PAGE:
Wow I can't believe it's been that long already. I was one of those people who took to DVD quick. Before video stores ever thought of renting them. I got my first player, a Sony DVP-S500D, in November of 1997 as part of my first full HT. Alot of people I knew and associated with on the net said I was stupid for it because there was no way DVD would catch on. I had a gut feeling. The only place to get DVDs for a reasonable price was online though. The first batch I bought was from dvdexrpess.com. Got a real good price for being a first-time customer.

Personally I never got into LD just because of the cost factor so I put my money on this new format. I always loved the pq and the sound of LD from my days of selling a/v equipment in the late 80's. I remember the Pioneer LD players we used to sell and loved doing demos with our Top Gun LD. I'm really glad my hunch paid off and DVD caught on. And the future looks even better.

#70 of 76 Britton

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Posted March 16 2004 - 09:15 AM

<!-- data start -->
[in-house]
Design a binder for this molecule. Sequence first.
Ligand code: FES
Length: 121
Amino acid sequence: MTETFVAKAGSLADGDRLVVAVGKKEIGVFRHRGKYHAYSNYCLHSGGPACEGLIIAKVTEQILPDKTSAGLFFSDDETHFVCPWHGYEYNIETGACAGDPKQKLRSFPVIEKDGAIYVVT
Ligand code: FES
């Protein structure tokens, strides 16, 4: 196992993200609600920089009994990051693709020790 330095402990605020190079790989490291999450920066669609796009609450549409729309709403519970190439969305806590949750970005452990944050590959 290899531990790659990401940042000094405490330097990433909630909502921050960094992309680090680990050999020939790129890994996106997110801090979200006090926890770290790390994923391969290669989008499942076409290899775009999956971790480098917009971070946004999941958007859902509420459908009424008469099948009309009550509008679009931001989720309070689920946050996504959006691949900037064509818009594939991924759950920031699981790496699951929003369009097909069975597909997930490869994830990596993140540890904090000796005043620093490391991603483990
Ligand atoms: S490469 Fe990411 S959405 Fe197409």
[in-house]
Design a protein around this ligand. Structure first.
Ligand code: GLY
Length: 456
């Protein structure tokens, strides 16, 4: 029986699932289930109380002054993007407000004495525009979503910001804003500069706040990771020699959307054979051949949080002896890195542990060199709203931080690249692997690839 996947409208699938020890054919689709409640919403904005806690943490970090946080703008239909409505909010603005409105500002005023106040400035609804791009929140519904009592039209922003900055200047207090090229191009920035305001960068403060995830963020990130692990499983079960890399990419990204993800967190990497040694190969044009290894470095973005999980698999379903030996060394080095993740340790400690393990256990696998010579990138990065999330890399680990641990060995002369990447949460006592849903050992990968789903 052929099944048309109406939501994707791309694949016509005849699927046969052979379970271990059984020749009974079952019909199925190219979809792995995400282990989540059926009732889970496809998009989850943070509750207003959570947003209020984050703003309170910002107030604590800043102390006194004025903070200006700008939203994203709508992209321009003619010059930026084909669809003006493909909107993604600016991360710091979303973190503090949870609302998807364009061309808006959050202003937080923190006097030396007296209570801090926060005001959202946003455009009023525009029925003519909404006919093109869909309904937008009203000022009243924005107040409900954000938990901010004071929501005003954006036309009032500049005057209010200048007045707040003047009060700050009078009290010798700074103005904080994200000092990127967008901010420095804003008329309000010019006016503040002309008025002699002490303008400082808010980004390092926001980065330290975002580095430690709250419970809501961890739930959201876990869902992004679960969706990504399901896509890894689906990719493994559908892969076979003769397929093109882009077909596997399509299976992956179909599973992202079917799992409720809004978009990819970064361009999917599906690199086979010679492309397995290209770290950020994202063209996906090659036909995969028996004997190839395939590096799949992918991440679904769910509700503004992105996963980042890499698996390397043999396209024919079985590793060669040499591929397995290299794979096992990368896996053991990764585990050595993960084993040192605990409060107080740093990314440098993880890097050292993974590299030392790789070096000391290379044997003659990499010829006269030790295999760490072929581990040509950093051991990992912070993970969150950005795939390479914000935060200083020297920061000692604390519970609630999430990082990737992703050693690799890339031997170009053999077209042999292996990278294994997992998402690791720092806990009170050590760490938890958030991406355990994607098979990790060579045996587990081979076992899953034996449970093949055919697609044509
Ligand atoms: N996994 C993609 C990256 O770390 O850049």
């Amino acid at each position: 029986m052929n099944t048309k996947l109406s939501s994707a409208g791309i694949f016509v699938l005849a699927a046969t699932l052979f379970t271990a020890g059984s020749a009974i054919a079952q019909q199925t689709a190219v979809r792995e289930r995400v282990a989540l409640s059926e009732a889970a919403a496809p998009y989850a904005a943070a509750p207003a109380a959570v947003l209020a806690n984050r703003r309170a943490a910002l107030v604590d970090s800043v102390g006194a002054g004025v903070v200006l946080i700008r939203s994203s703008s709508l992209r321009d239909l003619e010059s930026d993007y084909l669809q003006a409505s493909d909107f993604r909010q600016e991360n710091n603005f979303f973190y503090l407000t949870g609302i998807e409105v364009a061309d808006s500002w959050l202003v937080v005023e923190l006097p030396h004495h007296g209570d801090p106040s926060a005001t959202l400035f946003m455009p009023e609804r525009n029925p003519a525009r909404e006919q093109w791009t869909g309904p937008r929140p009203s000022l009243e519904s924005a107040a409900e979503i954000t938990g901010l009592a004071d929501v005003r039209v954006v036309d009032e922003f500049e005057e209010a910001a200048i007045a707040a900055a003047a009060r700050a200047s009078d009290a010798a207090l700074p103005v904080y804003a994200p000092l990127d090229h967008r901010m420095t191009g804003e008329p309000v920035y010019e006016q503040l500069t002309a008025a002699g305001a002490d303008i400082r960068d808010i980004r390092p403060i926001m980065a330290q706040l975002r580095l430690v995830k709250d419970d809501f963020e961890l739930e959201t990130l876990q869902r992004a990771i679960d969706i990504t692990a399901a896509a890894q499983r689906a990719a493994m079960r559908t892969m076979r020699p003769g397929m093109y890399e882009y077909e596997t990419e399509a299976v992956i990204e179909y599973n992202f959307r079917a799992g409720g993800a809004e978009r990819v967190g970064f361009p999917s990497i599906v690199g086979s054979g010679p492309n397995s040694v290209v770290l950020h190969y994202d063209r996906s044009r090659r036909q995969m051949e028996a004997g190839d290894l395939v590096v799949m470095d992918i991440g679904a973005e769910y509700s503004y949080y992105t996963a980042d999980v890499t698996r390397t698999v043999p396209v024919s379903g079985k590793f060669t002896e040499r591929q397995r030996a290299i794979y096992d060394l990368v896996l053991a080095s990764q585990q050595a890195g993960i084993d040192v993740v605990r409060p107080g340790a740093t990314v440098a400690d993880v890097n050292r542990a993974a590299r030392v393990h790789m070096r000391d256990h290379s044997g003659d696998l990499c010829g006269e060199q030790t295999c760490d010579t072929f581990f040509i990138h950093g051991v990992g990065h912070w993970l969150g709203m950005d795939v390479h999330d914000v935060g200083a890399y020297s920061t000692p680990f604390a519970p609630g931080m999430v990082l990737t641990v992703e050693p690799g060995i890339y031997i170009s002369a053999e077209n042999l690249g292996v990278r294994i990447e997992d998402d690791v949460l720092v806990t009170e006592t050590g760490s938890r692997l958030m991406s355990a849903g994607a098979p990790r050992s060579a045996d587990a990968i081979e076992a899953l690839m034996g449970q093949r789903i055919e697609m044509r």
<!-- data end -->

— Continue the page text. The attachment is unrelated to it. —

I remember first reading about DVD sometime ranging from late 1995 to early 1996 in Electronic Entertainment Monthly back when I was a high school freshmen and immediately thought it was a great idea.

However I didn't get on the DVD wagon until July 1998 when Best Buy was selling the Creative Dxr2 DVD-ROM drive bundled with a mpeg2 hardware decoder card for $200. My dad bought The Terminator and T2 while I picked up From Russia With Love. The funniest thing was that I didn't know what the hell the options for English 5.1 or English 2.0 in the T2 audio menu meant. If there were different versions of the english language, someone sure as hell forgot to tell me about it!

#71 of 76 oscar_merkx

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Posted March 16 2004 - 09:36 AM

the first time I encountered Laserdisc was at a show in the Netherlands called the Firato perhaps 10 years ago when they show T2 Judgement Day in full glory. Stunning but so expensive that I never considered that an option.

Forward to 1999 and the first I heard about DVDS was when George Lucas was interviewed on Channel 4's Breakfast show promoting The Phantom Menace and was asked when would Star Wars be available on dvd, and we all know how long it has taken.

I did not know what dvd was at the time but TF.N was quite vocal about dvds and I found The Digital Bits website which in turn led me to the HTF not long afterwards.